Legal

The Law

The following relates to the legal position in England & Wales only and is intended to be a summary.  It is not a substitute for bespoke legal advice if you have a specific legal query and no two cases are exactly the same.  You must not rely on it as constituting legal advice in and of itself.

The purpose of wearing the yellow ribbons described on this website is to indicate to other people that for whatever reason their dogs are deemed to need more space and privacy than other dogs.

Simply by putting a yellow ribbon on a dog is not an admission that the dog is dangerous. It is a matter of choice for the individual owner. The decision to wear such a distinguishing item on the dog is becoming a widespread and increasingly common way of indicating that while the dog is not dangerous, nonetheless for whatever reason it needs more space and privacy than another dog even of the same breed may require. However, if there should be an incident, the owner may well be asked the reason for the yellow ribbon ie whilst it is not an admission of dangerousness it could still give rise to questions being put as to the reason(s) why a yellow ribbon is being worn.

Dog owners can continue making people aware that their individual dog may perhaps need more space and privacy than other dogs as a result of any given trait inherent in the dog without the risk that their action would automatically be interpreted as meaning their dog is dangerous.

Dangerous dog laws

Section 2 of the Dogs Act 1871 requires that dogs be kept under proper control. If there is a failure to do so, AND the dog is regarded as dangerous, proceedings can be issued against the dog’s owner (as opposed to the person in charge of the dog at the time). The civil standard of proof applies. These proceedings are rare nowadays but could be started by a member of the public, the Police or a Local Authority saying that the dog is dangerous and not under proper control.  If the case is proven, an order may be made directing that the dog be kept under proper control or destroyed.  If the dog has behaved dangerously on one occasion only then this is unlikely to be sufficient to prove that the dog has a dangerous disposition unless the incident was exceptional. 

Section 3 of the Dangerous Dogs Act 1991 imposes strict liability on an owner (and if different the person for the time being in charge of the dog) whereby a criminal offence is committed if any dog (ie of any breed or type) is ‘dangerously out of control’. This requires the Crown to prove beyond a reasonable doubt that the dog made a person reasonably fear injury to themselves, another person or to an assistance dog.  There has to be something that the Defendant did, or failed to do (more than minimal) which led to the incident.  If convicted, in addition to punishment for the offender, in a case where the dog has actually injured, there will be a presumption that the dog shall be destroyed unless it can be proven that the dog would not constitute a danger to public safety,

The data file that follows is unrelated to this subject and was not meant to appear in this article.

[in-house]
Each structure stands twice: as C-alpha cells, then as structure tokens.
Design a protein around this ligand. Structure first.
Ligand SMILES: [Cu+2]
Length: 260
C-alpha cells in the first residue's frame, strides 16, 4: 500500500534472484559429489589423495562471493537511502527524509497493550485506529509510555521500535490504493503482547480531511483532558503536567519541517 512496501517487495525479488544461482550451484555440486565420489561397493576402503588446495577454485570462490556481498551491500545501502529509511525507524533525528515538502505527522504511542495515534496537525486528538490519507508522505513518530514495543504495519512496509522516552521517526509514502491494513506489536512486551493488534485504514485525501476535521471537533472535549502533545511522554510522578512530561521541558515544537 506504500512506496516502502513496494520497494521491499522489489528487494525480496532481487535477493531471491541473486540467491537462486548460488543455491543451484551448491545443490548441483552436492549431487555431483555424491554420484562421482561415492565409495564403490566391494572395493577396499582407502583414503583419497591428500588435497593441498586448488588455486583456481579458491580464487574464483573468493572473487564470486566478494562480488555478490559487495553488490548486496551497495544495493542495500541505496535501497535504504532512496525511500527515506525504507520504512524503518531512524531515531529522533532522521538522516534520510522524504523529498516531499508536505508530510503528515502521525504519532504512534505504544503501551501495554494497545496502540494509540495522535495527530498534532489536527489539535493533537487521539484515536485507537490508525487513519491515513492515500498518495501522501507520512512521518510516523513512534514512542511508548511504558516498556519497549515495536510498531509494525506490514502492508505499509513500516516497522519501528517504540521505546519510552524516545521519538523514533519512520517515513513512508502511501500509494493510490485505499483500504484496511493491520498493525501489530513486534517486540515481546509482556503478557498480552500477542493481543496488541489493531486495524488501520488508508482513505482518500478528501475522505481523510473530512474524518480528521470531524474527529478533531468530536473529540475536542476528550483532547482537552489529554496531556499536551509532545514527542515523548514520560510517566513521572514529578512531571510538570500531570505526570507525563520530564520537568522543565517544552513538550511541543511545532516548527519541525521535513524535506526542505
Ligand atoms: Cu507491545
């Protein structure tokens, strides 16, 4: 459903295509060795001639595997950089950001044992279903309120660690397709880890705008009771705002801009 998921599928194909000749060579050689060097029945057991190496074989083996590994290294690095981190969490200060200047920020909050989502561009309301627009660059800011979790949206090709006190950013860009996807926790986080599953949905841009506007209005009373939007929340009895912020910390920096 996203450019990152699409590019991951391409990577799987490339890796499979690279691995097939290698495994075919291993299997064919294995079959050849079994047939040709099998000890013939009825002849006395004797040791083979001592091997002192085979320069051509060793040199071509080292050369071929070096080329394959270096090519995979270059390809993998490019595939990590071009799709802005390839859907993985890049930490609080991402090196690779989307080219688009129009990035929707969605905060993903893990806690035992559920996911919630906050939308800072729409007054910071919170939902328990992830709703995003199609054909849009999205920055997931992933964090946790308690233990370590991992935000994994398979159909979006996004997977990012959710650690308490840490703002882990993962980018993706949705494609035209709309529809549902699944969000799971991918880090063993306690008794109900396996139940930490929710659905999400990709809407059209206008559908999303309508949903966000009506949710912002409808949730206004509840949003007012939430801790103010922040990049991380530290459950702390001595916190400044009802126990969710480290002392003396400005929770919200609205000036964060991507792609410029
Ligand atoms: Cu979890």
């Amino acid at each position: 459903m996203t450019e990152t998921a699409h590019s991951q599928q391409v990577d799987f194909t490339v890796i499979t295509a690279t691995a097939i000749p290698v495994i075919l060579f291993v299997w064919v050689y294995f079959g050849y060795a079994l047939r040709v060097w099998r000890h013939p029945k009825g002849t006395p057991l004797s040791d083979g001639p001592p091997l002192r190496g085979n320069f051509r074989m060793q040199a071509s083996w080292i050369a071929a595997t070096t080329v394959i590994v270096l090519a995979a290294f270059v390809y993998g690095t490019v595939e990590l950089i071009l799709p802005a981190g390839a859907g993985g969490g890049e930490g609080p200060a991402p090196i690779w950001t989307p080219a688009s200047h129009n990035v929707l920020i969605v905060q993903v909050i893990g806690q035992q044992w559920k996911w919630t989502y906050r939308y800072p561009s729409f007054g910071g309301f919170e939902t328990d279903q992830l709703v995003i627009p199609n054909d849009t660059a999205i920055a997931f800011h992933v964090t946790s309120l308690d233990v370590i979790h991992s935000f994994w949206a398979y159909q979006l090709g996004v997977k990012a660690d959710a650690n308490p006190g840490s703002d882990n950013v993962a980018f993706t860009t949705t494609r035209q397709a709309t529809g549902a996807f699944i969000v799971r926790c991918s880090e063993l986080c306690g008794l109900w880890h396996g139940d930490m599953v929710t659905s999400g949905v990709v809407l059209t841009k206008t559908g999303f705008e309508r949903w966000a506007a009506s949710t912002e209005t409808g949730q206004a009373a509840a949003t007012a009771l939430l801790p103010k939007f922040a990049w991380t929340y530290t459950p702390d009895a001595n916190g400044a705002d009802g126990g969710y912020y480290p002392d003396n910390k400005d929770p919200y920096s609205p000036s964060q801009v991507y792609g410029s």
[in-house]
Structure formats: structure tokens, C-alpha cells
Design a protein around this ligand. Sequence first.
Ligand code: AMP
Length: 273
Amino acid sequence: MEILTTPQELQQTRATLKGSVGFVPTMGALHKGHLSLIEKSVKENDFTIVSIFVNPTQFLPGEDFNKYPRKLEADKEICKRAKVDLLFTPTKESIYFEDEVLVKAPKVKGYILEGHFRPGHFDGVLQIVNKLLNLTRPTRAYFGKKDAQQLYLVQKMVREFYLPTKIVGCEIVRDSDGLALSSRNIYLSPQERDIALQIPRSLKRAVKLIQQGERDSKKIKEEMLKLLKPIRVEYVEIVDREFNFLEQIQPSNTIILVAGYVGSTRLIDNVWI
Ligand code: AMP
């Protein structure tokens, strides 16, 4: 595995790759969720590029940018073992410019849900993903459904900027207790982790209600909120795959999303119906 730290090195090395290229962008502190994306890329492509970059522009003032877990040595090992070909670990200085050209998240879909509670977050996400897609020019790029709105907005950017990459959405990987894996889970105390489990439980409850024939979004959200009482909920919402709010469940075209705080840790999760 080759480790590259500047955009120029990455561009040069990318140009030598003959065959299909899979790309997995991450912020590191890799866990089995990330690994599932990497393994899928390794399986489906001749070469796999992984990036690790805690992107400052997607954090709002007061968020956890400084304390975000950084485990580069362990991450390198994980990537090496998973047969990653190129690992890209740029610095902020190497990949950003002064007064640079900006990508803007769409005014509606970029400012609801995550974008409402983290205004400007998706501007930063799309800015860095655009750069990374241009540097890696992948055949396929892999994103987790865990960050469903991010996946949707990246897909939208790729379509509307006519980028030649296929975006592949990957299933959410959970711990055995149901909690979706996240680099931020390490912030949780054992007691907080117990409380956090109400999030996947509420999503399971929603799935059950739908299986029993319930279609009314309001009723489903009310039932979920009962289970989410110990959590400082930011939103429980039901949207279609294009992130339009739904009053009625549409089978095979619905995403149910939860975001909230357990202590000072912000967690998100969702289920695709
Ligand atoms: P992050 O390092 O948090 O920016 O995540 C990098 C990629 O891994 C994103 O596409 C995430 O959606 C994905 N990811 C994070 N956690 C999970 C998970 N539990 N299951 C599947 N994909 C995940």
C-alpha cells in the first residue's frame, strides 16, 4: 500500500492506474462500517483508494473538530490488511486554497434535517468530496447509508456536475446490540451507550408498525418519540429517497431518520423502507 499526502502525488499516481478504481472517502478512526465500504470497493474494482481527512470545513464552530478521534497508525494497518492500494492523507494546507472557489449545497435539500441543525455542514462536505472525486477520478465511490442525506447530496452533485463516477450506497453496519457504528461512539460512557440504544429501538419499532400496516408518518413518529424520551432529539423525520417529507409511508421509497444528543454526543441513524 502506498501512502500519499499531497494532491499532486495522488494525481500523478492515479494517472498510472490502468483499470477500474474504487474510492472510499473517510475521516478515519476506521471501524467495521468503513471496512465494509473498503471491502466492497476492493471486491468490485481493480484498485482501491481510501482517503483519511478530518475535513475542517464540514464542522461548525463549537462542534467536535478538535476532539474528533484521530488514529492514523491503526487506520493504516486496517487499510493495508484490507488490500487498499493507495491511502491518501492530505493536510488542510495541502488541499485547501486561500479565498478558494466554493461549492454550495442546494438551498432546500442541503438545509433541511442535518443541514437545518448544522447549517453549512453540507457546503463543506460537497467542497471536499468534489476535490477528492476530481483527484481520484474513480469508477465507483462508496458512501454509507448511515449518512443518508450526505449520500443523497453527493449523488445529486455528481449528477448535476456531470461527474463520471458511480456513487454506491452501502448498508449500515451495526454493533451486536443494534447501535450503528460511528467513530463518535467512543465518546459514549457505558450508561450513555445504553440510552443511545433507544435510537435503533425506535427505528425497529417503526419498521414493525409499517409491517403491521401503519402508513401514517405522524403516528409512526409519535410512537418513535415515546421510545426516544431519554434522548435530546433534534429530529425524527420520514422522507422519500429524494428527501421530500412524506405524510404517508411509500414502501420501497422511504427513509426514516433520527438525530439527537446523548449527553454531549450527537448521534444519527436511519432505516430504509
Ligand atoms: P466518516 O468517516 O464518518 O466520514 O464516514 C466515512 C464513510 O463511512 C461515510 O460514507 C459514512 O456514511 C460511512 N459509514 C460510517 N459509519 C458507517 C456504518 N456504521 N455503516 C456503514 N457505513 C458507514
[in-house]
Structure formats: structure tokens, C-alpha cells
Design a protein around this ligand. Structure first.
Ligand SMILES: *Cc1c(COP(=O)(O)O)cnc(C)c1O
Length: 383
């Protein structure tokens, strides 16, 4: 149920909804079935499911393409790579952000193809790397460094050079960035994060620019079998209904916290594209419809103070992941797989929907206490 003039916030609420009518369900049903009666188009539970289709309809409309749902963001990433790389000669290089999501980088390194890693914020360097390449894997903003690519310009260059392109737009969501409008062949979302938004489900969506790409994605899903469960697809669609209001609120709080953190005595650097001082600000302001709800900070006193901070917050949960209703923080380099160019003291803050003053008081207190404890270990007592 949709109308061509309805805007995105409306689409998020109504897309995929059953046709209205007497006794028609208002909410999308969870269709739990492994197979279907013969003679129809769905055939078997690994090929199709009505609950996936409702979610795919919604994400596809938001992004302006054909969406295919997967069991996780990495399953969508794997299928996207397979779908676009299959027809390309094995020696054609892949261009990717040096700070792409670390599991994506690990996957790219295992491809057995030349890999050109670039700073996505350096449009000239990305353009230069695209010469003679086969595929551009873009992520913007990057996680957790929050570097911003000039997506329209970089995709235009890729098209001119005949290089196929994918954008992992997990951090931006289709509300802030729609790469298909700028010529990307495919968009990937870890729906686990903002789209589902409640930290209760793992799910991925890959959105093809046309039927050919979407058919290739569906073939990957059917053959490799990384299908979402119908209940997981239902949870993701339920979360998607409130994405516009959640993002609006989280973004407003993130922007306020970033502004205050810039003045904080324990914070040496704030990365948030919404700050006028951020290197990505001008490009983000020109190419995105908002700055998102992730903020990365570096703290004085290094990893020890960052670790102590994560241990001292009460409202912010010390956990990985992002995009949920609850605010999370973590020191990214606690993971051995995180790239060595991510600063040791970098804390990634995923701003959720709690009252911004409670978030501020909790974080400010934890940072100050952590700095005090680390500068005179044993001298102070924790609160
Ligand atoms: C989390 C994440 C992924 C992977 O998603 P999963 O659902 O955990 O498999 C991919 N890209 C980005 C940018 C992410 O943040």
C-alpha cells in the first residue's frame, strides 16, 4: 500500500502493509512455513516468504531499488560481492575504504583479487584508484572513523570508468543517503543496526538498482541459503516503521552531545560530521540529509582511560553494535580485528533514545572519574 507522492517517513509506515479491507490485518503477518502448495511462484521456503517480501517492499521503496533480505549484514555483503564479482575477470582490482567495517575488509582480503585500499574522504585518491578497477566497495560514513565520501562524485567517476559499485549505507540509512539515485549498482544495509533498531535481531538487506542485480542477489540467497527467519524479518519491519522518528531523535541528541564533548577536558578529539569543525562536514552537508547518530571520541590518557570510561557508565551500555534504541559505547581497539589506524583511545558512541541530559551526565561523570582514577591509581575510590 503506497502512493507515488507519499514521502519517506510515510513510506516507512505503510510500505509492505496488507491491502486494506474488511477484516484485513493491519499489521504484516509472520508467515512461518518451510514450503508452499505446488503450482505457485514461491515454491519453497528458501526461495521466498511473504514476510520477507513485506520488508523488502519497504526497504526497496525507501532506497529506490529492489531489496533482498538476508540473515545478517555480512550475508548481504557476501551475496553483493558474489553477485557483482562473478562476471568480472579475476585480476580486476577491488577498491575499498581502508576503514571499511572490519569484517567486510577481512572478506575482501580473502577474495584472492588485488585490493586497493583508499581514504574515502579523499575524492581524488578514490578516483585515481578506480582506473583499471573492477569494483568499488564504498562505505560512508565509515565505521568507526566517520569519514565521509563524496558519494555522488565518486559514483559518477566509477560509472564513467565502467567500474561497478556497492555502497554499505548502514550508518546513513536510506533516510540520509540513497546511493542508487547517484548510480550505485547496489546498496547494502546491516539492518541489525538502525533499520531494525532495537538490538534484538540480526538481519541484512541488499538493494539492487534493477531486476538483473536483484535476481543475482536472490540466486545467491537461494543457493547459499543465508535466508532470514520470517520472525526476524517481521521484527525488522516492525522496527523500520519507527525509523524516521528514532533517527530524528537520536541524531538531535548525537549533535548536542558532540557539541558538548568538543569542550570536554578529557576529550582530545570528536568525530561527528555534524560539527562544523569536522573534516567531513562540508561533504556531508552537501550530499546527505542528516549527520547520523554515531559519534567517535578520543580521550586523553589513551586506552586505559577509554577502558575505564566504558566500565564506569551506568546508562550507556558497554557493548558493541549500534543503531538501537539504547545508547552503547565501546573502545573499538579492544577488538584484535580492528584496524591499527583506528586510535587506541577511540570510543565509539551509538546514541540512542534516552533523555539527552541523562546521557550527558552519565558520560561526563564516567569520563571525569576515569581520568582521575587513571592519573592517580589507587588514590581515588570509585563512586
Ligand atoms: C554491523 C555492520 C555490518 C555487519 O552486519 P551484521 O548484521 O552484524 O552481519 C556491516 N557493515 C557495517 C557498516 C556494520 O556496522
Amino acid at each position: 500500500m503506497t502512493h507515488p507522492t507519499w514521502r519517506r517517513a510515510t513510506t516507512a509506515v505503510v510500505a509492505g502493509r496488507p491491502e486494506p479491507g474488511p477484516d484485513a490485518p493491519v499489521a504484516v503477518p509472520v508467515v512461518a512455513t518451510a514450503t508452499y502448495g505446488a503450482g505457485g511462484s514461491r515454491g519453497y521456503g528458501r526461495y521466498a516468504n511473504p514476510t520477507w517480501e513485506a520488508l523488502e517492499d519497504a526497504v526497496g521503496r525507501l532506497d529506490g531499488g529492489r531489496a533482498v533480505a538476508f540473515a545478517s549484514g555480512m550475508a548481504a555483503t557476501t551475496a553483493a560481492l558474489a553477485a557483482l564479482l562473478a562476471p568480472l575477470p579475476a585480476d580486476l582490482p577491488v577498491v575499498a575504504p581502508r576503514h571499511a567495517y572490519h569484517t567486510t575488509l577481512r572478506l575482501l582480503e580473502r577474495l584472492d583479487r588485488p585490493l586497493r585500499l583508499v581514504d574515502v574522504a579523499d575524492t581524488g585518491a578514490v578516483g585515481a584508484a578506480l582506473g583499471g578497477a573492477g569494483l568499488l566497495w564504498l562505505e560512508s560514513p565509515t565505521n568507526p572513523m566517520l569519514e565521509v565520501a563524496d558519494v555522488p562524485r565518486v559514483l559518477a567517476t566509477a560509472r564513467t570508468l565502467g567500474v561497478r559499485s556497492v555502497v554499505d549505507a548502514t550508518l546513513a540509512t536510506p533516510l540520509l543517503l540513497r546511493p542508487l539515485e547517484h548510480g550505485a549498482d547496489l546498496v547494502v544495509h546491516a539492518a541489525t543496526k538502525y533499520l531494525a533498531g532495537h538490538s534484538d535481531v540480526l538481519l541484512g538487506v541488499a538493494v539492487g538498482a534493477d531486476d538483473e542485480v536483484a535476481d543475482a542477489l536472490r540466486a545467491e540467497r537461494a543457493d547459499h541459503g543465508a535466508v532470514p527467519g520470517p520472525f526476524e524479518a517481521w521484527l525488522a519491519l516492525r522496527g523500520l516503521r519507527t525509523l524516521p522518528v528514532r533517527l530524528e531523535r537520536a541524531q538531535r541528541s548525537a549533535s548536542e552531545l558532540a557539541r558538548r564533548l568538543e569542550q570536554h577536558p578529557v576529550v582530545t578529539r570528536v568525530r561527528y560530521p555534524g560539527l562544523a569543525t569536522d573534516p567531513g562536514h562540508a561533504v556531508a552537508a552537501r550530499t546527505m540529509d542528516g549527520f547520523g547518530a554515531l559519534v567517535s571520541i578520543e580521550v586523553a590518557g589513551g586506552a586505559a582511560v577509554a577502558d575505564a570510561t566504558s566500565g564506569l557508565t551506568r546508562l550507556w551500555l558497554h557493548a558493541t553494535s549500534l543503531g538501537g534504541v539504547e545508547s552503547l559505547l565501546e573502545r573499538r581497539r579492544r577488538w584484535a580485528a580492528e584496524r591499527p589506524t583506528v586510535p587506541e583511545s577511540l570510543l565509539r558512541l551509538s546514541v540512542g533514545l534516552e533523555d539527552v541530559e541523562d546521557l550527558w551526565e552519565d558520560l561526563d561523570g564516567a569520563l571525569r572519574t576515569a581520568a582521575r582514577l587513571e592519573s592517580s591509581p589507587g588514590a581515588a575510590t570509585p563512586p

Compensation claims

We live in an increasingly litigious society and civil damages claims are often brought by Claimants on a ‘no win no fee basis’.  The heads of claim would include if a dog injures a person, harms an animal or causes damage to property and the grounds would be under the Animals Act 1971 and/or the tort of negligence.

Under Section 2 of the Animals Act 1971 a keeper of a dog will probably be regarded as strictly liable for damage caused by a dog if:

  • The damage is of a kind which was likely to be severe
  • The likelihood of the damage was due to characteristics of the dog not normally found in dogs (or not normally found except in particular times or circumstances), and
  • These characteristics were known to the keeper

 As to negligence this would arise if: 

  • the Claimant was owed a duty of care
  • The dog’s keeper did something they shouldn’t have done (or failed to have done something they should have done), and
  • Damage resulted

All dog owners are strongly encouraged to obtain an appropriate insurance policy which covers third party claims. Such policies are widely advertised and can be obtained at fairly modest prices.

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Yellow Dog UK is a registered charity raising awareness that some dogs and their owners may need space for a variety of reasons when out in public. We pledge to supply free yellow ribbons to owners whose dogs needs space and that all donations will be used to promote and raise awareness of the campaign. View our charity registration certificate HERE

Registered Charity No.: 1153038
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